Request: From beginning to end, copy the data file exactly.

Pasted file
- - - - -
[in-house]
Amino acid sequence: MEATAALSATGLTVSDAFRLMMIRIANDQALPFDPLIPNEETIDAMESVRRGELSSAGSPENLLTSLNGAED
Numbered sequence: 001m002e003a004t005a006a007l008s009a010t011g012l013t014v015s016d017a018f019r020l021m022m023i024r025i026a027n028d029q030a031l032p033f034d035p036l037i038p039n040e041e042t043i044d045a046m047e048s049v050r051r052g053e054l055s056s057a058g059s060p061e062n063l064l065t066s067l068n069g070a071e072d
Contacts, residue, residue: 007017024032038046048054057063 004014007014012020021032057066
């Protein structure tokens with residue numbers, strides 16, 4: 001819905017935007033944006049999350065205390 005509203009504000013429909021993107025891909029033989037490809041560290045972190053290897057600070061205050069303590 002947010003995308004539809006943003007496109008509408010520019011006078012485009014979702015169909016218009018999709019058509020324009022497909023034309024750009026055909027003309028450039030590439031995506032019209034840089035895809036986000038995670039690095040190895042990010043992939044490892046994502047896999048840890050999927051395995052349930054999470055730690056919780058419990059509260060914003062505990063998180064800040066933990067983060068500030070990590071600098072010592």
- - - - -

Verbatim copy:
[in-house]
Amino acid sequence: MEATAALSATGLTVSDAFRLMMIRIANDQALPFDPLIPNEETIDAMESVRRGELSSAGSPENLLTSLNGAED
Numbered sequence: 001m002e003a004t005a006a007l008s009a010t011g012l013t014v015s016d017a018f019r020l021m022m023i024r025i026a027n028d029q030a031l032p033f034d035p036l037i038p039n040e041e042t043i044d045a046m047e048s049v050r051r052g053e054l055s056s057a058g059s060p061e062n063l064l065t066s067l068n069g070a071e072d
Contacts, residue, residue: 007017024032038046048054057063 004014007014012020021032057066
């Protein structure tokens with residue numbers, strides 16, 4: 001819905017935007033944006049999350065205390 005509203009504000013429909021993107025891909029033989037490809041560290045972190053290897057600070061205050069303590 002947010003995308004539809006943003007496109008509408010520019011006078012485009014979702015169909016218009018999709019058509020324009022497909023034309024750009026055909027003309028450039030590439031995506032019209034840089035895809036986000038995670039690095040190895042990010043992939044490892046994502047896999048840890050999927051395995052349930054999470055730690056919780058419990059509260060914003062505990063998180064800040066933990067983060068500030070990590071600098072010592």